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Episode 75 / October 16, 2023

How the Financial Times event team drives growth at scale

In this episode, Orson Francescone of FT Live shares invaluable insights into strategic, scalable event management.

This episode — which aired recently as a webinar — provides a deep dive into the strategic world of event management, spotlighting the strategies and experiences of FT Live, the event arm of the Financial Times

Managing Director of FT Live Orson Francescone and Bizzabo’s Experience Lab Head Oren Berkovich explore the nuances of managing and scaling 200+ FT Live events annually. Francescone emphasizes the criticality of comprehensive processes, strategic scaling through investment, and the willingness to cull underperforming events to maintain a quality portfolio.

Francescone also highlights the indispensable role of content in driving event growth and ensuring attendee engagement, advocating for a content-led approach to event management. He encourages event planners to “Think Big” while emphasizing the vital role of marketing in ensuring event success and advocating for full use of marketing budgets to maximize event visibility and impact. 

Here’s what you’ll hear about in this conversation:

  • Why strategic investment and scaling are pivotal in amplifying the success of events
  • How to take a data-driven approach for more informed decision-making in event management
  • The power of focusing on content quality and aggressive marketing for maximizing event impact and attendance

Mentioned in This Episode


[00:00:10] Rachel Moore: Welcome to Event Experience by Bizzabo, the podcast where we bring the best and brightest Event Experience Leaders together to share stories, tips, and lessons learned from creating some of the world’s biggest events.

I’m Rachel Moore, your podcast host. 

In this audio version of Bizzabo’s recent webinar — How the Financial Times event team

drives growth at scale — Oren Berkovich, Head of Experience Lab at Bizzabo, hosts a vibrant interview with Financial Times Live Managing Director, Orson Francescone. 

This episode explores the question of event ROI, just one area of focus for more than 4,000 event organizers and attendees from Bizzabo’s recent report on the State of in-person B2B conferences. Keep listening to learn how you can ensure seamless marketing and event strategy alignment, discover new data on event organizer challenges, and translate expert best practices from the Financial Times into your own event strategy.

[00:01:15] Oren Berkovich: Hi. Welcome, everyone. I am so excited to be with all of you. For those of you who don’t know me, my name is Oren, and I lead the Event Experience Lab at Bizzabo. My team and I spend day in and day out working with event organizers and marketers on creating exceptional event experiences. But for today, I’m going to be your event facilitator.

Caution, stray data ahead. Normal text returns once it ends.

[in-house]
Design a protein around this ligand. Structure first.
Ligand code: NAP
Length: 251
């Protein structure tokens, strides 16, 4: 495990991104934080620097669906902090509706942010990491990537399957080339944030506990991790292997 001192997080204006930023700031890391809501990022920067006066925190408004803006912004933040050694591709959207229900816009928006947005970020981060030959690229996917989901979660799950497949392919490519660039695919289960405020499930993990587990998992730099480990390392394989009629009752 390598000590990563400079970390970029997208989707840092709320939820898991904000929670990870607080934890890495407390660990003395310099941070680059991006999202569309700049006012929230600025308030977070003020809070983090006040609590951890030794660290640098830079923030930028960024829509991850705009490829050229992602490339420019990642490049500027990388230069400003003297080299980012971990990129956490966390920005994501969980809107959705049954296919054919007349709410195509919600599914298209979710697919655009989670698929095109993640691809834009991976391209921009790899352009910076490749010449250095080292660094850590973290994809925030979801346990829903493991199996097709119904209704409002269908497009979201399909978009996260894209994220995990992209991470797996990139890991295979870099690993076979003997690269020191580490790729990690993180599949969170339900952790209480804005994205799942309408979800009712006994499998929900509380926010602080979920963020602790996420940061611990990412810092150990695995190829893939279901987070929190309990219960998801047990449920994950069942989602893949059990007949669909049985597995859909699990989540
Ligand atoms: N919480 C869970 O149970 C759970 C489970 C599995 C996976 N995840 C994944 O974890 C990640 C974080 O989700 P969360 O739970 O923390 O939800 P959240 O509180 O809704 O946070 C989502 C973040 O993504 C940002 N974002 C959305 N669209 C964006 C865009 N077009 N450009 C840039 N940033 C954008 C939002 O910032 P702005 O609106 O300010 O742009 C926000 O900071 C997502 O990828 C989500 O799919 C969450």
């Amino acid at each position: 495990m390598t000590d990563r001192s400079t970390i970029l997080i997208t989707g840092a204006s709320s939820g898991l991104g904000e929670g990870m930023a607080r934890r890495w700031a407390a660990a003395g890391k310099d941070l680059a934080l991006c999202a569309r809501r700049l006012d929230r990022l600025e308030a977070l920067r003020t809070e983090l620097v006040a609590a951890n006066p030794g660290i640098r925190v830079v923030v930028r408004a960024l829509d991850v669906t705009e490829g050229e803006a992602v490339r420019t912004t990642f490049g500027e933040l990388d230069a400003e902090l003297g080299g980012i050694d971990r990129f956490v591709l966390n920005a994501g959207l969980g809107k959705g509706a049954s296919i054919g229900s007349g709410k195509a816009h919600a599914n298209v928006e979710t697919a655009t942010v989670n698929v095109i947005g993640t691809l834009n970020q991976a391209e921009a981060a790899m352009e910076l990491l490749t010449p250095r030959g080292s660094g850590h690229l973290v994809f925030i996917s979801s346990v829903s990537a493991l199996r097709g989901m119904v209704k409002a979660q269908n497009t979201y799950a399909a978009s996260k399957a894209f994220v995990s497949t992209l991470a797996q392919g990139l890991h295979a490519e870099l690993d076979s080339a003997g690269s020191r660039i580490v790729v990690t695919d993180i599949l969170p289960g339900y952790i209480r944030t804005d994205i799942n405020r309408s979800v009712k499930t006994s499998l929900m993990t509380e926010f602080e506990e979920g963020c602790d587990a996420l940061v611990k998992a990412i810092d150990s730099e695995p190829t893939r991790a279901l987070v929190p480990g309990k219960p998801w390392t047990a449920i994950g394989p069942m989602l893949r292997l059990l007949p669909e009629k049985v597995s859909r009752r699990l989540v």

[00:01:36] We’re going to have a really, really interesting conversation with one of my favorite partners, the Financial Times, and as we go through this, just a quick reminder on why we’re here. So a couple months ago Bizzabo surveyed over 4000 event organizers and participants about different aspects of B2B conferences.

[00:01:59] The responses really highlighted some really interesting insights on really how business critical B2B conferences are. And so we thought it would be a great idea to have an event series, bring in some of the leading experts in the space, and really talk to them about what they think about some of these findings, what are they up to.

[00:02:20] And hopefully we can learn some tips and ideas from their playbooks. So a couple of insights that I pulled out for today’s conversation that I’m excited to talk about. 

[00:02:31] First, more than 70 percent of organizers who we surveyed said that they struggle to prove the ROI of their events. Frankly, I mean, we’ve run many of these webinars. I’m sure you’ve been in many of our webinars. And this has been an ongoing question that comes through. How do you show ROI? How do you measure it? How do you prove it to different stakeholders? So this came through in the in the survey as well. And I wanted to pull it out and and talk about this today as well.

[00:03:00] We also heard from event organizers that they have a hard time aligning their event strategy with their marketing strategy and really overall business strategy, right? How do you kind of position the events team as an integral part of the business and a great business driver as opposed to a marketing channel?

[00:03:18] So these are really, really two interesting insights from the survey that I wanted to pull out. And it’s part of our three part series that we’ve launched just a few weeks ago. So if you haven’t been to our first conversation, we had leaders from IMAX, Money2020, and Shiloh Events. It was a fantastic conversation about the state of B2B events, really what changed, what didn’t change.

[00:03:41] We learned some very interesting insights and some practical examples from all three leaders that were with us so you can watch that on demand. Today is a deep dive, so we’re going to go deep into one use cases with the Financial Times and more on that in a minute. And then in a few weeks, we’re going to talk about how do you build an overall kind of yearly plan that integrates your events into your marketing and other strategies to maximize the impact.

[00:04:07] So that’s where we’ve been. This is where we are today and where we’re headed. And with that let me introduce our expert for today. Orson Francescone is the managing director of FT Live. This is the global event business of the Financial Times.

[00:04:22] He’s been in B2B media and events for over 15 years. He designed conferences, trade show, award ceremonies, galas, exhibitions. You name it, he designed it. He’s one of those people that you need to talk to about monetizing events and audiences and really how do you kind of leverage different event formats to do different things.